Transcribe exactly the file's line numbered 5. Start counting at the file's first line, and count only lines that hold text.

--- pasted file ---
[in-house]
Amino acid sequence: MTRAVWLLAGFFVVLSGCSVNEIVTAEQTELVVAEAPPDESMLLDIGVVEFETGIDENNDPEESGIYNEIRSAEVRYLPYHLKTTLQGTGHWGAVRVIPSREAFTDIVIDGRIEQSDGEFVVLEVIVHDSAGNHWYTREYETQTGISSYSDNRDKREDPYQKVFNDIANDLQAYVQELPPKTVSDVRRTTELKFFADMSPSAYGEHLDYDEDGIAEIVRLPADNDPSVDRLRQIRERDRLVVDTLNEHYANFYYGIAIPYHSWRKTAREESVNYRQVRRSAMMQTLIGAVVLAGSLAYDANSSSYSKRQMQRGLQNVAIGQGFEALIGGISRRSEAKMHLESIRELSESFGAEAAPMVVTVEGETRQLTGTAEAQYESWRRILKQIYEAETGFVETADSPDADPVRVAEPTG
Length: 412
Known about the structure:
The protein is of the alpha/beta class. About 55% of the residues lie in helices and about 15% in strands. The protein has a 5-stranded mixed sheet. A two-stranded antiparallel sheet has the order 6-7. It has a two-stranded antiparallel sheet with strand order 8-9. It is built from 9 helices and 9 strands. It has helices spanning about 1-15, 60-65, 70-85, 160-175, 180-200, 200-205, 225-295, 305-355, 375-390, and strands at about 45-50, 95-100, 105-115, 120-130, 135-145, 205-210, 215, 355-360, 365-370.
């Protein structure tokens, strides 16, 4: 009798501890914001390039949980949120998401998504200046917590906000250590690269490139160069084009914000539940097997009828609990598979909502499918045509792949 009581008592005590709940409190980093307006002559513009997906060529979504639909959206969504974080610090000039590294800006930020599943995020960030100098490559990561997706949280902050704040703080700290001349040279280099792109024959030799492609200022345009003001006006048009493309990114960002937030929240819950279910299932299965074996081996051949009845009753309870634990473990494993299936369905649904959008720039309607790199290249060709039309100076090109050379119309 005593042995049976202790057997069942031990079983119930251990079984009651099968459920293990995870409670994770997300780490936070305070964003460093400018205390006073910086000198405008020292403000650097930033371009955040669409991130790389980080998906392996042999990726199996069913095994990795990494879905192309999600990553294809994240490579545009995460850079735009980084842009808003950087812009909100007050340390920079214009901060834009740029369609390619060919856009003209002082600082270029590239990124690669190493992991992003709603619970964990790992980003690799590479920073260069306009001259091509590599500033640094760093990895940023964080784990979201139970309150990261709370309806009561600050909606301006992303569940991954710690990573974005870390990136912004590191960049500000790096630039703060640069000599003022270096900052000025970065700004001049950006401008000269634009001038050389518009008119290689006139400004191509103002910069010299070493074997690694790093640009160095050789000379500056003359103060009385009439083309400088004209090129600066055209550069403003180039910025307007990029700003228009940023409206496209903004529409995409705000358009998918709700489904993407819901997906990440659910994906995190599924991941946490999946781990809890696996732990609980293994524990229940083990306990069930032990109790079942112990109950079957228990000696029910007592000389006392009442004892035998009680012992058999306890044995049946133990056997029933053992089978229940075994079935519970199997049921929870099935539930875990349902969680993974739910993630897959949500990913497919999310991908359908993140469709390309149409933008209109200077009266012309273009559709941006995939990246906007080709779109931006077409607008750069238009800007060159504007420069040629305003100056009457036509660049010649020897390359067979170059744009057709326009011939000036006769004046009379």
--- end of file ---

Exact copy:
The protein is of the alpha/beta class. About 55% of the residues lie in helices and about 15% in strands. The protein has a 5-stranded mixed sheet. A two-stranded antiparallel sheet has the order 6-7. It has a two-stranded antiparallel sheet with strand order 8-9. It is built from 9 helices and 9 strands. It has helices spanning about 1-15, 60-65, 70-85, 160-175, 180-200, 200-205, 225-295, 305-355, 375-390, and strands at about 45-50, 95-100, 105-115, 120-130, 135-145, 205-210, 215, 355-360, 365-370.